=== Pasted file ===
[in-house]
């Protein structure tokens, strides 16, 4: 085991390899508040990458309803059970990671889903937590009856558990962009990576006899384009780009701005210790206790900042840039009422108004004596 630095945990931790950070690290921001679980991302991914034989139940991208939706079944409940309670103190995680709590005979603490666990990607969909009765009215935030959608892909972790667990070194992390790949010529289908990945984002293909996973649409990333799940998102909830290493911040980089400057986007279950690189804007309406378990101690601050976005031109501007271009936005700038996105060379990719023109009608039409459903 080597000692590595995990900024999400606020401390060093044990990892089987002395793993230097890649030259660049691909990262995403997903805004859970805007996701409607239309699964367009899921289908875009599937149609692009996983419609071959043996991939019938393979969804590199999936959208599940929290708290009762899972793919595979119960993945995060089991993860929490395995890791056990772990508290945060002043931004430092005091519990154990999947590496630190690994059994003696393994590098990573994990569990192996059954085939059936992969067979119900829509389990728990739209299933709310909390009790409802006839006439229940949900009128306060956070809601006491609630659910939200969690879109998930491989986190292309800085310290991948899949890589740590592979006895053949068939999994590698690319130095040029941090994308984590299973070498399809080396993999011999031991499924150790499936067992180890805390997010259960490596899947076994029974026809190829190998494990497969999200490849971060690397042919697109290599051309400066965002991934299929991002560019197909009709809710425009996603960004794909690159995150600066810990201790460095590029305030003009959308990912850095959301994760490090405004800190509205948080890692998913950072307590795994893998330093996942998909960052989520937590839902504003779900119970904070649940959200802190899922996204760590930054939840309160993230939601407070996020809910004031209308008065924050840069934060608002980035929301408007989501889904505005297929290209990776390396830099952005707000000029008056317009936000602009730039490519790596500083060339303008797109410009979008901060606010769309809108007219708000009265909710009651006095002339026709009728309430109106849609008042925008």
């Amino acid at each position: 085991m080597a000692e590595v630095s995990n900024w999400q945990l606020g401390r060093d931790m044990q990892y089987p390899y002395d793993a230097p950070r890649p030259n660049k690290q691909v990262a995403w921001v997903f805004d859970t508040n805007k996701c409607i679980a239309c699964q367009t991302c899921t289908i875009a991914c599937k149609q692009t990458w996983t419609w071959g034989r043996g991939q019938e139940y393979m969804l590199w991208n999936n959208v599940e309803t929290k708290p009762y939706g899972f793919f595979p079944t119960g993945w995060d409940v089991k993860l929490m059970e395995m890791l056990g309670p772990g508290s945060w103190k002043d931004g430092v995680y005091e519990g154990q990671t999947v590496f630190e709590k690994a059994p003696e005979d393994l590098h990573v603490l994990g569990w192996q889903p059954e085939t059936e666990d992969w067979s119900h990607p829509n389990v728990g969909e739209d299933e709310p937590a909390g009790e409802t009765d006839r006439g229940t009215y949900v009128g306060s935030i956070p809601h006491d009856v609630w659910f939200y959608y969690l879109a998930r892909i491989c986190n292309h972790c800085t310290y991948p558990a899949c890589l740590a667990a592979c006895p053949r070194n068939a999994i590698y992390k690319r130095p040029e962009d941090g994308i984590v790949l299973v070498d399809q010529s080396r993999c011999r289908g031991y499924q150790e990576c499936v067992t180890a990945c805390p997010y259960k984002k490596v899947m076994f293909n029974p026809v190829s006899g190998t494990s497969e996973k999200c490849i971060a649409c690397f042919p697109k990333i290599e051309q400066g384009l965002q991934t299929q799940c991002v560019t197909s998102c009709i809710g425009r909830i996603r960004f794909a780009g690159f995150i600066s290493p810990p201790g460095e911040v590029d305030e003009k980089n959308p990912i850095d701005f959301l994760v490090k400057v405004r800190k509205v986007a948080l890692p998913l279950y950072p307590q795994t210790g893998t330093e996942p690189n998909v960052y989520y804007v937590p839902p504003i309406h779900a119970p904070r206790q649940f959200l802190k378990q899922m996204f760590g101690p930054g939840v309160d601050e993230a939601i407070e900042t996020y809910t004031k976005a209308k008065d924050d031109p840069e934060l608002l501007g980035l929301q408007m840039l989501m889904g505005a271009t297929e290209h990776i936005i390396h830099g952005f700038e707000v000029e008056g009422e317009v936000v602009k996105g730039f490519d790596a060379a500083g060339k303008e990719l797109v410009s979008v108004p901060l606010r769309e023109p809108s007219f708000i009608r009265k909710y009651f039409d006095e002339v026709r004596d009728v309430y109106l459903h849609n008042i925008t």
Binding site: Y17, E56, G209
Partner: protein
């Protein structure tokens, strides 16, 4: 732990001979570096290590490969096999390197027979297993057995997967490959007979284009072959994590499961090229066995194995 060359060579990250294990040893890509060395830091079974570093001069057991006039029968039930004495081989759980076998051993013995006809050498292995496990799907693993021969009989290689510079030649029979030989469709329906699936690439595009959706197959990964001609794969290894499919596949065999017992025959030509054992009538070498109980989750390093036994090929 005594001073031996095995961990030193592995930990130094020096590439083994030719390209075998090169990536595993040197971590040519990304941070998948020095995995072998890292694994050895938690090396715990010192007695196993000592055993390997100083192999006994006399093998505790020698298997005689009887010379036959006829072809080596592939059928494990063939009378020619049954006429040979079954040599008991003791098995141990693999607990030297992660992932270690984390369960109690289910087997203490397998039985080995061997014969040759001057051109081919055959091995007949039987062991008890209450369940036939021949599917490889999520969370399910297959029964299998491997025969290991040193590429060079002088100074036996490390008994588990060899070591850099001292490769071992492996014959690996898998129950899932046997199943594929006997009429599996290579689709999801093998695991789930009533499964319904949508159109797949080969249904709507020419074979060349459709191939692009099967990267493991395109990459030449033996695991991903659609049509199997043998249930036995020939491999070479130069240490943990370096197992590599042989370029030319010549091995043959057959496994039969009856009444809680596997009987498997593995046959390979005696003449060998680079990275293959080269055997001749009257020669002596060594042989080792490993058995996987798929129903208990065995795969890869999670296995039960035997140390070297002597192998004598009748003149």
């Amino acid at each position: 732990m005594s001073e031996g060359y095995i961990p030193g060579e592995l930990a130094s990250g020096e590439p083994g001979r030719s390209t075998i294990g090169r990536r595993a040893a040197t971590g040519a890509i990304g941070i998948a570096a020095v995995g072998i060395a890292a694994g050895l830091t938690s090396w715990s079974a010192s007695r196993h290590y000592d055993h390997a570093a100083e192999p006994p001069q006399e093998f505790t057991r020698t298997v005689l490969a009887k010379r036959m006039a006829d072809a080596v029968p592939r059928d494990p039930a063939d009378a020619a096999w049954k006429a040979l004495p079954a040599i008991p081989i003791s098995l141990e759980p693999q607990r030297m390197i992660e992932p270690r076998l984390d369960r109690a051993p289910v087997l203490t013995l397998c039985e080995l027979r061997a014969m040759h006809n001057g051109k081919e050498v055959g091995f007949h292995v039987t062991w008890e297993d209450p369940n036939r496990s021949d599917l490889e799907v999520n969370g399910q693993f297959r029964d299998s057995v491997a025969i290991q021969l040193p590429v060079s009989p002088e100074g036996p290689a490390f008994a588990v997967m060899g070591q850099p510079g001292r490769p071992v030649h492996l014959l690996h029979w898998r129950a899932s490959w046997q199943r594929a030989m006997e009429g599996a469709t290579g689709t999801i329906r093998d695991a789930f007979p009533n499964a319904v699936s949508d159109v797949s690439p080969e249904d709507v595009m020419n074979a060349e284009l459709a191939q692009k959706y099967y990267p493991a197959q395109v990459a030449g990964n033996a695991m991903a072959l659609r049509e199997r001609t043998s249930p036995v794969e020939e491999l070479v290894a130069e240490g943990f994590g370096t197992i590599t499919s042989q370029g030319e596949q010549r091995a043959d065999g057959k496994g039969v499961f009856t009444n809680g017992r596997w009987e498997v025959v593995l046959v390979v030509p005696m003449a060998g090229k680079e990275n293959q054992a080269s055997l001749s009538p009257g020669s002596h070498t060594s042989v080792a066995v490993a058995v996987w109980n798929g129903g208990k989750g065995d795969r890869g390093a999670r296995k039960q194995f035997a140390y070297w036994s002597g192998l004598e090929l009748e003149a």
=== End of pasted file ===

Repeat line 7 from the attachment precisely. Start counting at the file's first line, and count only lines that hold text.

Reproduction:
């Amino acid at each position: 732990m005594s001073e031996g060359y095995i961990p030193g060579e592995l930990a130094s990250g020096e590439p083994g001979r030719s390209t075998i294990g090169r990536r595993a040893a040197t971590g040519a890509i990304g941070i998948a570096a020095v995995g072998i060395a890292a694994g050895l830091t938690s090396w715990s079974a010192s007695r196993h290590y000592d055993h390997a570093a100083e192999p006994p001069q006399e093998f505790t057991r020698t298997v005689l490969a009887k010379r036959m006039a006829d072809a080596v029968p592939r059928d494990p039930a063939d009378a020619a096999w049954k006429a040979l004495p079954a040599i008991p081989i003791s098995l141990e759980p693999q607990r030297m390197i992660e992932p270690r076998l984390d369960r109690a051993p289910v087997l203490t013995l397998c039985e080995l027979r061997a014969m040759h006809n001057g051109k081919e050498v055959g091995f007949h292995v039987t062991w008890e297993d209450p369940n036939r496990s021949d599917l490889e799907v999520n969370g399910q693993f297959r029964d299998s057995v491997a025969i290991q021969l040193p590429v060079s009989p002088e100074g036996p290689a490390f008994a588990v997967m060899g070591q850099p510079g001292r490769p071992v030649h492996l014959l690996h029979w898998r129950a899932s490959w046997q199943r594929a030989m006997e009429g599996a469709t290579g689709t999801i329906r093998d695991a789930f007979p009533n499964a319904v699936s949508d159109v797949s690439p080969e249904d709507v595009m020419n074979a060349e284009l459709a191939q692009k959706y099967y990267p493991a197959q395109v990459a030449g990964n033996a695991m991903a072959l659609r049509e199997r001609t043998s249930p036995v794969e020939e491999l070479v290894a130069e240490g943990f994590g370096t197992i590599t499919s042989q370029g030319e596949q010549r091995a043959d065999g057959k496994g039969v499961f009856t009444n809680g017992r596997w009987e498997v025959v593995l046959v390979v030509p005696m003449a060998g090229k680079e990275n293959q054992a080269s055997l001749s009538p009257g020669s002596h070498t060594s042989v080792a066995v490993a058995v996987w109980n798929g129903g208990k989750g065995d795969r890869g390093a999670r296995k039960q194995f035997a140390y070297w036994s002597g192998l004598e090929l009748e003149a």